Artist Interview—Vija Celmins | Met Exhibitions

Artist Interview—Vija Celmins | Met Exhibitions


Vija Celmins: I don’t think there was ever
a point where I said, “I’m gonna be, you know, an artist.” No. It seeped in. I was looking for something. I went took two paintings a day of all the objects
I had in my studio. I ran through ’em like wildfire. I started going through books and magazines
and looking at images that maybe had something to do with my own remembrance of war. I had an early life that was quite traumatic,
as everybody did who lived in Europe during World War II. I try to use an image ’cause it attracts you
to the painting. You know, you wanna go in the painting. But the painting is not a window. The painting has its own reality. I used to call the image the skeleton, you
know, on which I build a painting. It’s like taming an outside image for the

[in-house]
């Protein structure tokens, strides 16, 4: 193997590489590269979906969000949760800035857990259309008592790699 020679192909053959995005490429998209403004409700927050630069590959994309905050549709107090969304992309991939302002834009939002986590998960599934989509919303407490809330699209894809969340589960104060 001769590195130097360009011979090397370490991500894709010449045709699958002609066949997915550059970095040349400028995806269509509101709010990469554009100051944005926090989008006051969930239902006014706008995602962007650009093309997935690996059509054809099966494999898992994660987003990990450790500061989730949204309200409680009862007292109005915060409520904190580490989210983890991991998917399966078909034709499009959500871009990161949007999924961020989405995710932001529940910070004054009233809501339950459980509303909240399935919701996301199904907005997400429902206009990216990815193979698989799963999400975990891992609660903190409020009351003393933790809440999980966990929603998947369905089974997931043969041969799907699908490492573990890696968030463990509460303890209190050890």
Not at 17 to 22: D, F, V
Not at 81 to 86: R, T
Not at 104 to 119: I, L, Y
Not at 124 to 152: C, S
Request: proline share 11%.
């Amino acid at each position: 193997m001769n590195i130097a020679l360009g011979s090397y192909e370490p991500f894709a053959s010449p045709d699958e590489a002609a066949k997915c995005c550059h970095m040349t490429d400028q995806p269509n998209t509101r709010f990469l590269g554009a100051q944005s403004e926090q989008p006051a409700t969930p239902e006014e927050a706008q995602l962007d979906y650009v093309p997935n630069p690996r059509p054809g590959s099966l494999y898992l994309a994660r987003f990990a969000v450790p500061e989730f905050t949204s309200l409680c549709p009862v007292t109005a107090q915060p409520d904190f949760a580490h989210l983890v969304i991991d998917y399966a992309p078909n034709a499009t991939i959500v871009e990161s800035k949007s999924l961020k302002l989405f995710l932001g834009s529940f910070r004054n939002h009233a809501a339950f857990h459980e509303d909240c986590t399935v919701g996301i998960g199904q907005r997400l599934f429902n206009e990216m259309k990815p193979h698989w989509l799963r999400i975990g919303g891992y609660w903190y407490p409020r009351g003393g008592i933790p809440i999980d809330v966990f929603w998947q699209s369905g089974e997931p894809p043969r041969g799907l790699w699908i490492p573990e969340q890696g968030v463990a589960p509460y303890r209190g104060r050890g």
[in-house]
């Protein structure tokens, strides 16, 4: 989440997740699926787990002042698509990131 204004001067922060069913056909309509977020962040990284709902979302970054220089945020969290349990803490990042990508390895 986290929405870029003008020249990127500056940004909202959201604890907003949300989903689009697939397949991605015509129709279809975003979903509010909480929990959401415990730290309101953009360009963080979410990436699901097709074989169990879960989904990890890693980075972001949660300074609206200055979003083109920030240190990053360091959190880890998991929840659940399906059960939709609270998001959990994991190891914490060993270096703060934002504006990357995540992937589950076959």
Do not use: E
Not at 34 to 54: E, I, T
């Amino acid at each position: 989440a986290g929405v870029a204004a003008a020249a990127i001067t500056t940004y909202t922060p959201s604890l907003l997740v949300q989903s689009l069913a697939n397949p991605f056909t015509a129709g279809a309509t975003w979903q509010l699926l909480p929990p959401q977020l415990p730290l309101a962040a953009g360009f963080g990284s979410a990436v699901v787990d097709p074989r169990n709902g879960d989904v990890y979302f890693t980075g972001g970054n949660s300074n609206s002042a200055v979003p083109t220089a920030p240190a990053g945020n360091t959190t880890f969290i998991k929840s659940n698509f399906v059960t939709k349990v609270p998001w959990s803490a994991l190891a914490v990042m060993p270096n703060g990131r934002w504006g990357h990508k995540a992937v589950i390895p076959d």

inside. The painting often has a kind of an emotional
quality to it—I mean, you could say it’s an expression—but I’m not interested in
telling stories. I like a lot of retinal activity, like little
dots and smidges and waves that articulate the surface. I often stop painting. But I’m always—in my head, I’m always thinking
about paintings. I like the fluidity of the painting. And it can make incredible things, and terrible
things, and things you want to keep. It can become anything.

5 thoughts on “Artist Interview—Vija Celmins | Met Exhibitions”

  1. War is what happens when language fails. And when language fails we get into the realm of traumatic experiences, which seem to be very prominent among war veterans. It's strange then, to see how a different language, the language of painting helps so many war veterans overcome their trauma's… As an artist I can understand why, but I didn't find a way yet to communicate that to others who are not familiar with creating art… Beautiful micro docu, loved it.

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